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How to Render Lard

This works with pork fatback or with leaf lard.

Stove-Top Method

1.  Cut the lard into small pieces and place in a pot over medium-low heat. The lard will start to slowly melt. Make sure to stir once in a while.

2.  After about 20 minutes a big portion of it will be melted.

3.  You will also at this point start to see the “cracklings” form. At this point you will want to be careful. Remember how bacon sputters? As moisture is released from the cracklings it will definitely sputter, and I even got a big splash of hot lard in my face at one point! When all of the sputtering is finished and the cracklings are floating, you are technically done. I let mine cook for a bit longer to get the cracklings a little more brown (don’t waste them, as they are quite yummy and can be used in many recipes too!). I think it took between 45 minutes and an hour to cook it.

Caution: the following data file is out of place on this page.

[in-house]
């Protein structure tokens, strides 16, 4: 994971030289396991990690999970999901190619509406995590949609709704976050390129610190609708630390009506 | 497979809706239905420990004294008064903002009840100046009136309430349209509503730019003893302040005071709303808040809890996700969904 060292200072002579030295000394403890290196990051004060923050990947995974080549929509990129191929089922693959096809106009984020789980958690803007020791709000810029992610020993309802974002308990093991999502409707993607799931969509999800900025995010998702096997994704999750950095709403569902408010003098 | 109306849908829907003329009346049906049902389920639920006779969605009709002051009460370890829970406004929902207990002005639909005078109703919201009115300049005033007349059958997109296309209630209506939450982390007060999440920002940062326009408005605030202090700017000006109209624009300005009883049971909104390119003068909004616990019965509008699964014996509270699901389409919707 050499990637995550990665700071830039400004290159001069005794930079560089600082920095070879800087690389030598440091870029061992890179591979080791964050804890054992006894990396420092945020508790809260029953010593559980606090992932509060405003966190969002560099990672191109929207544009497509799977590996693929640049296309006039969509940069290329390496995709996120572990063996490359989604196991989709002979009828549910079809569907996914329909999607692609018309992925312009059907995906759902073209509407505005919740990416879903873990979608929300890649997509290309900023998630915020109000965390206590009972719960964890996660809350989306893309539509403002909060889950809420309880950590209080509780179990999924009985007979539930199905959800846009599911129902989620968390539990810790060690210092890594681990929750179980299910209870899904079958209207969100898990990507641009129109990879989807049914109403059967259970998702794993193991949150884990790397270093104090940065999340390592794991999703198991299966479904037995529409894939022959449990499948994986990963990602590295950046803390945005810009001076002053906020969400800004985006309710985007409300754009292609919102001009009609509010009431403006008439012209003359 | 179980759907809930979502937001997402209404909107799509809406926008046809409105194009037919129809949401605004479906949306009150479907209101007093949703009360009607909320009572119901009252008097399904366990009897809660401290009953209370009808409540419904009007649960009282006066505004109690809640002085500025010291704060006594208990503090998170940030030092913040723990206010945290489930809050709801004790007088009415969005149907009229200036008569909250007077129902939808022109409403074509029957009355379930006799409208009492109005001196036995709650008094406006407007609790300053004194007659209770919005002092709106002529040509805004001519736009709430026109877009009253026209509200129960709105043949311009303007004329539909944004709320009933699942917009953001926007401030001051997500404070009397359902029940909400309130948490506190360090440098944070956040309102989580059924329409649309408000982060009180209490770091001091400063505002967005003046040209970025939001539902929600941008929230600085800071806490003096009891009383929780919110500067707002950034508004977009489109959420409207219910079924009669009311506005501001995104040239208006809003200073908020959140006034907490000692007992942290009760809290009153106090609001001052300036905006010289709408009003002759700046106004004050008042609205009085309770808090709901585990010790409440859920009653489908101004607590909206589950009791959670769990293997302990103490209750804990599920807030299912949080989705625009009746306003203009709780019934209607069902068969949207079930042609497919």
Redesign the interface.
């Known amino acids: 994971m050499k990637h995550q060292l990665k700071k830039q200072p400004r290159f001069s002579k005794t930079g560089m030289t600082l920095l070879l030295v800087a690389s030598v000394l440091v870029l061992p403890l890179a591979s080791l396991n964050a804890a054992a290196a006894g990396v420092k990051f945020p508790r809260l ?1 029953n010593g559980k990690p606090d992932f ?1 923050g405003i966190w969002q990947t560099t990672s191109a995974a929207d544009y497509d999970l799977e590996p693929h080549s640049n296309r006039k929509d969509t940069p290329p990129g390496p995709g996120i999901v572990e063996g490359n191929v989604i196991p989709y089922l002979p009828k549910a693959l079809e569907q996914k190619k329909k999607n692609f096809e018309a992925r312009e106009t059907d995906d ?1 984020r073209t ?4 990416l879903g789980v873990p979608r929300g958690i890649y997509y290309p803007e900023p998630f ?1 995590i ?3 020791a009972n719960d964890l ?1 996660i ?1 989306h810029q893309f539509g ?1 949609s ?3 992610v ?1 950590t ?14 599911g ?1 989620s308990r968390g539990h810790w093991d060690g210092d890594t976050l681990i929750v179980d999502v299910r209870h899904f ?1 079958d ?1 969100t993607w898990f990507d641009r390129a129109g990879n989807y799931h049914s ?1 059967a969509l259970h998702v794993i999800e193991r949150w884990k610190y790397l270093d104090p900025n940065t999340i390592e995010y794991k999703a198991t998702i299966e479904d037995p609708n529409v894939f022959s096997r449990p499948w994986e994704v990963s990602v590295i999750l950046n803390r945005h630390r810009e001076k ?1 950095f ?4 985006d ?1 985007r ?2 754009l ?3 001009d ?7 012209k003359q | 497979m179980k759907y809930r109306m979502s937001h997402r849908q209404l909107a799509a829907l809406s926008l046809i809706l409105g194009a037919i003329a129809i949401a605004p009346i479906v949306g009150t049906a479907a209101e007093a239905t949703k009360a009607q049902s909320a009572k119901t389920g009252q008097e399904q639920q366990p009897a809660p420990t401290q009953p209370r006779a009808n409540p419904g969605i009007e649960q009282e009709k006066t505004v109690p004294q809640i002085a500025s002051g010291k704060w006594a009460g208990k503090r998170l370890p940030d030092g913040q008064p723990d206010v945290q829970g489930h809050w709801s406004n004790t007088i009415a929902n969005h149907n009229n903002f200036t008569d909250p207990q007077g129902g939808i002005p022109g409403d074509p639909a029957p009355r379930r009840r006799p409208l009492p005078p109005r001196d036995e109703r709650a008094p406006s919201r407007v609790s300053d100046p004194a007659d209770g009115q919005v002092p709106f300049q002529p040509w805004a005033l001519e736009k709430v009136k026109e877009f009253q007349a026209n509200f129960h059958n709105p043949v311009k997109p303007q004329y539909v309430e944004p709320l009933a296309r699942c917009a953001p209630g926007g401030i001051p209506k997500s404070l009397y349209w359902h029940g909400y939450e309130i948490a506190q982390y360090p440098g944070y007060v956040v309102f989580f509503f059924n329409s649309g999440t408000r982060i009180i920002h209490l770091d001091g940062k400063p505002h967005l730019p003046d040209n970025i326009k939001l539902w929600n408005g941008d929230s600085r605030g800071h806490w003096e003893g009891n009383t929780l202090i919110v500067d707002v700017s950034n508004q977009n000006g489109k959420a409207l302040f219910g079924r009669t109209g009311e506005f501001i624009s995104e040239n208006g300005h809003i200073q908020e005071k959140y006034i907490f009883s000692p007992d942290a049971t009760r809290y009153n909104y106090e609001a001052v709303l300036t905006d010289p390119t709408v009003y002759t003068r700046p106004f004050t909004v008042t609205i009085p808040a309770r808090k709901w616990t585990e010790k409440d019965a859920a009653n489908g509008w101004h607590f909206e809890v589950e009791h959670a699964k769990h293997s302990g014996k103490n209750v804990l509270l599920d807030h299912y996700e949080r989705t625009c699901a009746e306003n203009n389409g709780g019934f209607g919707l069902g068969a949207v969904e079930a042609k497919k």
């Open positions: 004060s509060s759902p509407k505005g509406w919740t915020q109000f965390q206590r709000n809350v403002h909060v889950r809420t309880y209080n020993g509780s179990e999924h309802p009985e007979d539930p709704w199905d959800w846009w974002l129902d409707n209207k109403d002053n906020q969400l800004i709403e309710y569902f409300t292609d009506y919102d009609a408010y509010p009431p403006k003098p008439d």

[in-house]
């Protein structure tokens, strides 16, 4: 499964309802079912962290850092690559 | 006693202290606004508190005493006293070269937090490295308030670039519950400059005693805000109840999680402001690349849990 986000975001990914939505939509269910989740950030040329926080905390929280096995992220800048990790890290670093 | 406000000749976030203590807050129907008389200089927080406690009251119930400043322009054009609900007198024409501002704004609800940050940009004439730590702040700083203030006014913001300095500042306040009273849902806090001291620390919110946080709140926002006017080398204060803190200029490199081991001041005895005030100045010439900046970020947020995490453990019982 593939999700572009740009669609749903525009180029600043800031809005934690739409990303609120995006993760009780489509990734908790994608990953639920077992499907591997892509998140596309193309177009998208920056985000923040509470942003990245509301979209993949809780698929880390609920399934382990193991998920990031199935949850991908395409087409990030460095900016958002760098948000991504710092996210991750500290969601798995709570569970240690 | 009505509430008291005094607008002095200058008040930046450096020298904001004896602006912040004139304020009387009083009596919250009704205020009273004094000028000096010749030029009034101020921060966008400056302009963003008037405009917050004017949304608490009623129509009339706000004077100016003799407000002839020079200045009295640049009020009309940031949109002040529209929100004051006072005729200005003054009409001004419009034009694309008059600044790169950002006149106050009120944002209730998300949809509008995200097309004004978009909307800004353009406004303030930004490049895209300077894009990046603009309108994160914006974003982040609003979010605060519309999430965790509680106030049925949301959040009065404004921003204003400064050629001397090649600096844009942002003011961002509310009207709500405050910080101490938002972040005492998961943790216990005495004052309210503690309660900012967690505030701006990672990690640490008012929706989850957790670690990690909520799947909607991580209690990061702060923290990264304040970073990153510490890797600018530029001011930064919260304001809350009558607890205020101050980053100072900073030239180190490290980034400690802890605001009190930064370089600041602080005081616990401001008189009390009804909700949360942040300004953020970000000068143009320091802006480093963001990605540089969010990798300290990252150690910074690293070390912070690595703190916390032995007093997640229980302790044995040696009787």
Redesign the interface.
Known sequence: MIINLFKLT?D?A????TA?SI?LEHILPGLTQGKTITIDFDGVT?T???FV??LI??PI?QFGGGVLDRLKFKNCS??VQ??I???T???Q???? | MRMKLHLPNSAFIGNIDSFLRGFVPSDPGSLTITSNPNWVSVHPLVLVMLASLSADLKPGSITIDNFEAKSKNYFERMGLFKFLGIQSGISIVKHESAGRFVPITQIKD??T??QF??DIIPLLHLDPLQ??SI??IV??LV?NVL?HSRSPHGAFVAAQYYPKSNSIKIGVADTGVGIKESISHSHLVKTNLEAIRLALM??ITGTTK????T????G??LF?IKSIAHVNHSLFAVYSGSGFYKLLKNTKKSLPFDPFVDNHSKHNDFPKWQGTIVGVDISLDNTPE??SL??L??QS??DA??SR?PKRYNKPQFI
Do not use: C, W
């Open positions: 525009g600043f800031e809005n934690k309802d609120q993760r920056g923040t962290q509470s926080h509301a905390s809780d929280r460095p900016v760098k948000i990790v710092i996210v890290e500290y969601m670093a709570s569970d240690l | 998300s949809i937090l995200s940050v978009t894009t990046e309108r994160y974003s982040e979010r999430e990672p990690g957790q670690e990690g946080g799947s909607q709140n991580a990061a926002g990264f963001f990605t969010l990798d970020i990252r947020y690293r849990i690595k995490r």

4.  Line a fine sieve with cheesecloth or a coffee filter and strain through into a jar. It will be yellowish when hot, but turn white when cooled. The cracklings will be left in the sieve.


1.  To render lard, grind it or chop it — this is easiest when then the lard is partially frozen  and put it in a 300-degree oven in a shallow casserole. Stir it often, and cook until the lard melts and the cracklings are floating.

2.  For a roasted pork flavor, render the lard in a 350-degree oven until the cracklings are brown. Cook until the cracklings sink to the bottom.  This will be good for savory dishes but not for baking.

3.  Strain your rendered lard through cheesecloth or a paper coffee filter. Cool and refrigerate for up to two months or freeze.  Frozen lard lasts for more than a year.

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